Eliminating Contaminant Risk in End-of-Life Solar Recycling

It is time to permanently eliminate the contaminant risk of end-of-life solar recycling. With over 3 million solar panels each year expected to reach the end of their useful life by 2030 and 7 to 10 million tons per year by 2050, the need is urgent.

Imagine if you had to send all that solar waste to a landfill. It could take landfills the size of of over 100,000 football fields to store them. In the U.S., we have neither the landfill space nor the desire to contaminate our environment or risk human health, so it makes sense our goal has to be an end-of-life solar panel recycling solution that can be scaled to fit the size and rate of growth of solar energy.

Dr. Fortunato Villamagna, President of Comstock Metals
Image of solar panels laying in a landfill pit.
(Comstock, Inc. 2024) 

Why is ending the contaminant risk in end-of-life solar recycling so important?

  • We know end-of-life solar panels should not go to landfills given the potential for leaching contaminates that pose serious health and environmental risks into soil and water supplies, which EPA (Environ­mental Pro­tec­tion Agency) studies have shown can occur from certain types of solar panels.  
  • We know most end-of-life solar panels wind up in landfills historically.  
  • We know landfills are extremely space-limited, with 2,600 municipal solid waste landfills operating in the U.S. and many are nearing their capacity (or like New York are beyond capacity).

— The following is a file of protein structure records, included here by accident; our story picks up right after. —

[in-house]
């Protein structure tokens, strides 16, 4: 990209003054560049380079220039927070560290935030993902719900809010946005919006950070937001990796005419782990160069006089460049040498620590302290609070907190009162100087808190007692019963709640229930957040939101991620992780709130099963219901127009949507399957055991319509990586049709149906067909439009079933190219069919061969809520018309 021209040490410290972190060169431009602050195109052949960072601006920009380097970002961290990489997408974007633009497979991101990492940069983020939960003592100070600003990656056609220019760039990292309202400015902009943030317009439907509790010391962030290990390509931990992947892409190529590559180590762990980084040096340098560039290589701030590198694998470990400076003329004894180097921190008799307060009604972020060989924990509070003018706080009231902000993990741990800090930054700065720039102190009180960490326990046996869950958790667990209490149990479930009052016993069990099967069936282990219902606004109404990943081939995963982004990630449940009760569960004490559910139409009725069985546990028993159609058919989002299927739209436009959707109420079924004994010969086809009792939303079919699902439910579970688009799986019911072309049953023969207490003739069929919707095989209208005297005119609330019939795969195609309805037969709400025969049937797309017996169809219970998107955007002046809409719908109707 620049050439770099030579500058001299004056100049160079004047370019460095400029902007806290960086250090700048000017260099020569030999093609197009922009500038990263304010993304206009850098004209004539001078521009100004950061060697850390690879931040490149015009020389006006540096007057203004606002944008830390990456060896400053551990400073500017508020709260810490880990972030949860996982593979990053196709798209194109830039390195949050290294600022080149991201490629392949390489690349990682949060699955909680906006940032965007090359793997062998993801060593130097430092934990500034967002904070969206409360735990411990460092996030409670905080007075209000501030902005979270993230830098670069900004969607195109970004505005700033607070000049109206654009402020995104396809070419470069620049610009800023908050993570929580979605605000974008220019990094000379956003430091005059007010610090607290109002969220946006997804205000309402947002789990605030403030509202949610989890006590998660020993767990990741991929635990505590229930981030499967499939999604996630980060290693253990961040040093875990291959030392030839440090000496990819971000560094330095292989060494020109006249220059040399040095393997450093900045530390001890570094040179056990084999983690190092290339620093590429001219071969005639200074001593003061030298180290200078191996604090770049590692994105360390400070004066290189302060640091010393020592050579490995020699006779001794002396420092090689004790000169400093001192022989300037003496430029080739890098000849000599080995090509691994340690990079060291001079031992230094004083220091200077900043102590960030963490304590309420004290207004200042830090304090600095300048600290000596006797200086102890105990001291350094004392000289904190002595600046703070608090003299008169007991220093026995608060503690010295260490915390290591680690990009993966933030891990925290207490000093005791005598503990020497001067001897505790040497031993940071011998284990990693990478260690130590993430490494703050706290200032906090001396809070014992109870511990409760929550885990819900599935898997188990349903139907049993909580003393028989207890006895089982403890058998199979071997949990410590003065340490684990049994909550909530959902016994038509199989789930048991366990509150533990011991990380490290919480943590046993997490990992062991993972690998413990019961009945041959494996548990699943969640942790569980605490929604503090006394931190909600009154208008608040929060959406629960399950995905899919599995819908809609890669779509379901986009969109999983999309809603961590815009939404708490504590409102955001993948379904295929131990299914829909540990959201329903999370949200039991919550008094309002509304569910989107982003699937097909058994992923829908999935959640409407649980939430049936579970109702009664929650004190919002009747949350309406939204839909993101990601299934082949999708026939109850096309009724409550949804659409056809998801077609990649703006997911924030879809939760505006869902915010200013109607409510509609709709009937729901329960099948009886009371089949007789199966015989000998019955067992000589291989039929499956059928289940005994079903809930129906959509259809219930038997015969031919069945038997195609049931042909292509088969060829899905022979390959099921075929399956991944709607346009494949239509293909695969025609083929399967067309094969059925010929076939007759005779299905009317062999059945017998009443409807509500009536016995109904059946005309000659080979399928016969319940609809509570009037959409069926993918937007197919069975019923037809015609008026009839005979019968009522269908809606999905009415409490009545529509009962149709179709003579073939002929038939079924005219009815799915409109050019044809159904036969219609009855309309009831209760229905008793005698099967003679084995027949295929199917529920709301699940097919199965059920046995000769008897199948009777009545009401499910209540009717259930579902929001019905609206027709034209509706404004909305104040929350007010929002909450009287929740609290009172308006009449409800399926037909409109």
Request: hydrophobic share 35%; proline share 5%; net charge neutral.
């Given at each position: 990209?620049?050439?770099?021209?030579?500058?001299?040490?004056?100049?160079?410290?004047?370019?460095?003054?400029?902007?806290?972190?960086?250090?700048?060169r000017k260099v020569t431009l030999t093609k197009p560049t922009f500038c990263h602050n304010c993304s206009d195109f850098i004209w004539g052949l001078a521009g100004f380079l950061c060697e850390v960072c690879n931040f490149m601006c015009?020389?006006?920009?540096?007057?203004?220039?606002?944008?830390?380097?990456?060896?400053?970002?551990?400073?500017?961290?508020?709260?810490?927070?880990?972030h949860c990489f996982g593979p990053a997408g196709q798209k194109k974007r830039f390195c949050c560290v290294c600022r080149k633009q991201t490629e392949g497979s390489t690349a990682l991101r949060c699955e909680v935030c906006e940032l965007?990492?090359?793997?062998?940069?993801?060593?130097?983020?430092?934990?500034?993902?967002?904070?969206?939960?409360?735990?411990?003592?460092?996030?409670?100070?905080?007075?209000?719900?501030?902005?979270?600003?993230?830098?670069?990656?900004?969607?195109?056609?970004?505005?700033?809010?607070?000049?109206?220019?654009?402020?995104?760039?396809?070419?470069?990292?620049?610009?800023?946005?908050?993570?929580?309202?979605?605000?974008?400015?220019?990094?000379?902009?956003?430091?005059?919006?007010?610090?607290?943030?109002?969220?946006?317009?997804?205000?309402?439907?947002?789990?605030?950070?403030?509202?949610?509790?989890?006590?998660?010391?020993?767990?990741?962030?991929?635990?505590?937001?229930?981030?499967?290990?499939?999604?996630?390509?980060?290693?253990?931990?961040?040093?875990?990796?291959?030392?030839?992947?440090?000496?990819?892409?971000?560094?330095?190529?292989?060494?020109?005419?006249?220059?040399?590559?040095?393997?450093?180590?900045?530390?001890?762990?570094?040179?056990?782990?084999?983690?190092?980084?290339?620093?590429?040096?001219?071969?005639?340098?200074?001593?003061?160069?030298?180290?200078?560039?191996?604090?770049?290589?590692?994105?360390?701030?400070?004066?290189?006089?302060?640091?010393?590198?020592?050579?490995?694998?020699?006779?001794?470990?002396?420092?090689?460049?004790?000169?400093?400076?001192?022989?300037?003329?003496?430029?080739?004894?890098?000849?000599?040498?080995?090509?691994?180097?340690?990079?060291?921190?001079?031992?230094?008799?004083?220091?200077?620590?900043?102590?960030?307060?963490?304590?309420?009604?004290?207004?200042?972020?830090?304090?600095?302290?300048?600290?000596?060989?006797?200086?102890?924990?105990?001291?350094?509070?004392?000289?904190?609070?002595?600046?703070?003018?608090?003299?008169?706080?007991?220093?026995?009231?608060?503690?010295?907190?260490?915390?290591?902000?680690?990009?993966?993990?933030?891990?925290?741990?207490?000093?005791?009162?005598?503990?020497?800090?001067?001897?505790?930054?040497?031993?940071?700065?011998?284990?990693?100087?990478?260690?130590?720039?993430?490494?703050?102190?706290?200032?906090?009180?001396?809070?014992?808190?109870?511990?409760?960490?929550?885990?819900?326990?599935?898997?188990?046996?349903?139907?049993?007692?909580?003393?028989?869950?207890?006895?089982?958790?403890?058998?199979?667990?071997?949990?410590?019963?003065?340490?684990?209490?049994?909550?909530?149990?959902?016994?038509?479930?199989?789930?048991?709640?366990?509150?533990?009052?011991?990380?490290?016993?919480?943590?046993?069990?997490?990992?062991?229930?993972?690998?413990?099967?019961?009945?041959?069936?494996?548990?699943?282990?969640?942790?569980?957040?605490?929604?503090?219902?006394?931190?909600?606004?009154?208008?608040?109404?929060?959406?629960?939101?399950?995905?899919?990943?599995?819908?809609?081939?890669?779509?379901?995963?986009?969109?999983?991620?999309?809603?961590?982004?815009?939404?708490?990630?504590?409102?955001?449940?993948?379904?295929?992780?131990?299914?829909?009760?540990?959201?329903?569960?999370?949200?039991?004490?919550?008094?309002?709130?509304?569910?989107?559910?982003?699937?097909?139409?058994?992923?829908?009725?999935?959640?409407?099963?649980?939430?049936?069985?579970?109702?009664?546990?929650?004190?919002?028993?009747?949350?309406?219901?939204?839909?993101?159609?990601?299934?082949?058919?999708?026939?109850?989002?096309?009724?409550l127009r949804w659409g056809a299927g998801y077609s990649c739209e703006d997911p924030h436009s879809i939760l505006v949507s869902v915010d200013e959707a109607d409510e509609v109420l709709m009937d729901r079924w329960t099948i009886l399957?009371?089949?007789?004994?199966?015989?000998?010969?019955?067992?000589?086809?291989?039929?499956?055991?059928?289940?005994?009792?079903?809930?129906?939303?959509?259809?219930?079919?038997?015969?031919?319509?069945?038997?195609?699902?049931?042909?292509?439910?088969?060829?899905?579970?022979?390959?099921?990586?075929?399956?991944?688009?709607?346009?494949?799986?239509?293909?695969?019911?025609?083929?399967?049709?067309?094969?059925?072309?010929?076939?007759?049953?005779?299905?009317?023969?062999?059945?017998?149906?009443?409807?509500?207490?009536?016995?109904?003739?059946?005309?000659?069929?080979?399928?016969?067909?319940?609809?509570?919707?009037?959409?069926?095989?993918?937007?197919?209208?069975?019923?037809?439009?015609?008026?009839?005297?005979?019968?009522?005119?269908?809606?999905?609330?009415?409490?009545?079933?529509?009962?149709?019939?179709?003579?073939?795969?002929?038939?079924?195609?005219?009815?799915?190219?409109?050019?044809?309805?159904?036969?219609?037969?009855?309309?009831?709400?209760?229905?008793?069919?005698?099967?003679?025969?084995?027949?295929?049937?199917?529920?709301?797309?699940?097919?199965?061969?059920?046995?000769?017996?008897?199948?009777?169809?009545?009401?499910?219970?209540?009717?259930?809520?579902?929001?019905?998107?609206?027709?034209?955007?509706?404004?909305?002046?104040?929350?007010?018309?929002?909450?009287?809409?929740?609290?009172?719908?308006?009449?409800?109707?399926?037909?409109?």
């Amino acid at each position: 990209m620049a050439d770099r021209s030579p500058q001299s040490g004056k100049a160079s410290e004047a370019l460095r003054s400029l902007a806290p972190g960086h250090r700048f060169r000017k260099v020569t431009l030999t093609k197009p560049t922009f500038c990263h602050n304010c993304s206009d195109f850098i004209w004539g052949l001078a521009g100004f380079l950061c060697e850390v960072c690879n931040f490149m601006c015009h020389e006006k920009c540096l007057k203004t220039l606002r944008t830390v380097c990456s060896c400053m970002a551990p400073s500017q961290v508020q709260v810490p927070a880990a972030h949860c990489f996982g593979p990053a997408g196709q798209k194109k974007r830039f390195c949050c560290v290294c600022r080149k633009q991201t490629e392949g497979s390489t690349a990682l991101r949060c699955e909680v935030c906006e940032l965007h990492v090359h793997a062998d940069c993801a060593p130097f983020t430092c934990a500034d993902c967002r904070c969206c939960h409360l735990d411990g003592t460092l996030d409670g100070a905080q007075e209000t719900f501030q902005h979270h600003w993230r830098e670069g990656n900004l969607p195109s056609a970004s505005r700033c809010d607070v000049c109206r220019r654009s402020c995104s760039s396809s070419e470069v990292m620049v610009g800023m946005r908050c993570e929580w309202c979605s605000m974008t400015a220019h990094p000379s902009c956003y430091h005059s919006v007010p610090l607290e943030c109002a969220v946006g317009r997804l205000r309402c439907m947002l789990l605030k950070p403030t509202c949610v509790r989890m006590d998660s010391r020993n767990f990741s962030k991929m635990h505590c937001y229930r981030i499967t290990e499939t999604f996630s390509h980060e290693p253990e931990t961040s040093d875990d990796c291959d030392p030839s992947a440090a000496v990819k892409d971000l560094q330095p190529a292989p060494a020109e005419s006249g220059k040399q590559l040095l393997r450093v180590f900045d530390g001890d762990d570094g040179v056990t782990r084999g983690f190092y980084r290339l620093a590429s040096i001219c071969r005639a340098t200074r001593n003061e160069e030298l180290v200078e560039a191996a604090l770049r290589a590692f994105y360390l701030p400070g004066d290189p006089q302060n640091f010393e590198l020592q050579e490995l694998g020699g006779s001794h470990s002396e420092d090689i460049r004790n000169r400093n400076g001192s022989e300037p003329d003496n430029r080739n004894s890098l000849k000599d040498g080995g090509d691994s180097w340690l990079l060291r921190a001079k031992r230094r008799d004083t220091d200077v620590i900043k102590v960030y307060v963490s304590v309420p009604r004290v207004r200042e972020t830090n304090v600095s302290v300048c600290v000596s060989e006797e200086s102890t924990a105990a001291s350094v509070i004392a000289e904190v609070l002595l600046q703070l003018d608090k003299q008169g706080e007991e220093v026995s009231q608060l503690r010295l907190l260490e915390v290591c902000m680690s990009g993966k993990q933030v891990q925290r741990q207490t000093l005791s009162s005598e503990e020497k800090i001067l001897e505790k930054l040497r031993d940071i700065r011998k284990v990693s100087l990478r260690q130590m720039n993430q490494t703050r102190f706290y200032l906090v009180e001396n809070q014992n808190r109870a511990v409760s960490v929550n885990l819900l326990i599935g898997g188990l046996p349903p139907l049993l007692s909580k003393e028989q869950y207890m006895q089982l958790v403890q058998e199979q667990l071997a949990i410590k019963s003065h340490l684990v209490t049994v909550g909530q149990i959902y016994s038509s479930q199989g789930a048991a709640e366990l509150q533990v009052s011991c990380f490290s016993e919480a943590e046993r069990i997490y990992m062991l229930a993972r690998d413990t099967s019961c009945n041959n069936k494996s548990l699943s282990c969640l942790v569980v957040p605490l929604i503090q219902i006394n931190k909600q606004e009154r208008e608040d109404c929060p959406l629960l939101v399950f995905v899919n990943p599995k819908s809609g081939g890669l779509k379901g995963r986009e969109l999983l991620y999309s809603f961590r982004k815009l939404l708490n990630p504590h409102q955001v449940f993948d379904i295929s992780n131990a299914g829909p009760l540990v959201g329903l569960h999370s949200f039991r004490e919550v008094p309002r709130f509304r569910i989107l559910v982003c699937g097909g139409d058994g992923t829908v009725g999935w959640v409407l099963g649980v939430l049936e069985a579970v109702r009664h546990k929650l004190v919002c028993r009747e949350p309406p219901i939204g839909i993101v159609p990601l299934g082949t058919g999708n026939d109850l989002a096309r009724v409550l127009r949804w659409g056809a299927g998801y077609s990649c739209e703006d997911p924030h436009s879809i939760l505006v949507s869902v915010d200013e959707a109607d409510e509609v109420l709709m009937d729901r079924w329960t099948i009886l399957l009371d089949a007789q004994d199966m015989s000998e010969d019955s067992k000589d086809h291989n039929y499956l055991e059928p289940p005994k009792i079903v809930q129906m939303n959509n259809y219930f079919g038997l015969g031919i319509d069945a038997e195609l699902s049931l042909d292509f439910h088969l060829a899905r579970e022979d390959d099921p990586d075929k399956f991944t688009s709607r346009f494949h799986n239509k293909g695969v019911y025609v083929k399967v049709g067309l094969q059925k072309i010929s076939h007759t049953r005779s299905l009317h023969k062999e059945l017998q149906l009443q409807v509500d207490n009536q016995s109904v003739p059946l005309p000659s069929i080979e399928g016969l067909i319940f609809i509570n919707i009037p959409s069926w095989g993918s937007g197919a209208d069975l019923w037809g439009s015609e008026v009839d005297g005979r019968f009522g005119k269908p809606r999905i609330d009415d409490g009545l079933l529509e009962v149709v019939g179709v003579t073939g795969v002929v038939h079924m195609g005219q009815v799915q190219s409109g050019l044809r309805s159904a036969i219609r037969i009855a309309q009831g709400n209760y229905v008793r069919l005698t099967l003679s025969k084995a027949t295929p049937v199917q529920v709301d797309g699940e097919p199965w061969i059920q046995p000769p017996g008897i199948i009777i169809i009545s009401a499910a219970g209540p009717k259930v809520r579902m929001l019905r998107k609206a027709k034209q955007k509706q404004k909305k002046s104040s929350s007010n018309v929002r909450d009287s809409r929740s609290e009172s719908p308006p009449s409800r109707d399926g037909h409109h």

• We know permitting new landfills is ever more complex and difficult, and that everything that can be safely and economically recycled, should be and not sent to landfills.  
  • We know society and industry expects to close the solar energy supply chain loop and minimize carbon emissions wherever feasible from the material extraction, manufacturing, and recycling legs of the solar supply chain.  
  • And we know it is right-minded to safely recover and responsibly reuse as much useful secondary material from end-of-life solar recycling efforts of all electrification products as possible, to reduce impacts of virgin material extraction and processing, which favors efficient use of natural resources wherever feasible. Use it, safely reuse it, and safely reuse it again.  

The Contaminant Challenge in End-of-Life Solar Recycling

There are different types of solar panels, but generally they are comprised of the same elements: metal frames, glass covers, polymer (plastics), solar cells (made from various types of silicon and heavy metals), more polymer, and more metal backing).   

All solar panels contain laminates (polymers or plastics) and heavy metals, and have been found to contain volatile organic compounds (VOCs). Eliminating this contamination risk is critical. This is why current disposal methods for end-of-life solar recycling have been so challenging: eliminating the plastics from solar panels up front in the recycling process is key.

Laminates – plastics – are used to protect the delicate layers within solar panels, and potentially harmful heavy metals, which are hazardous to human health and the environment.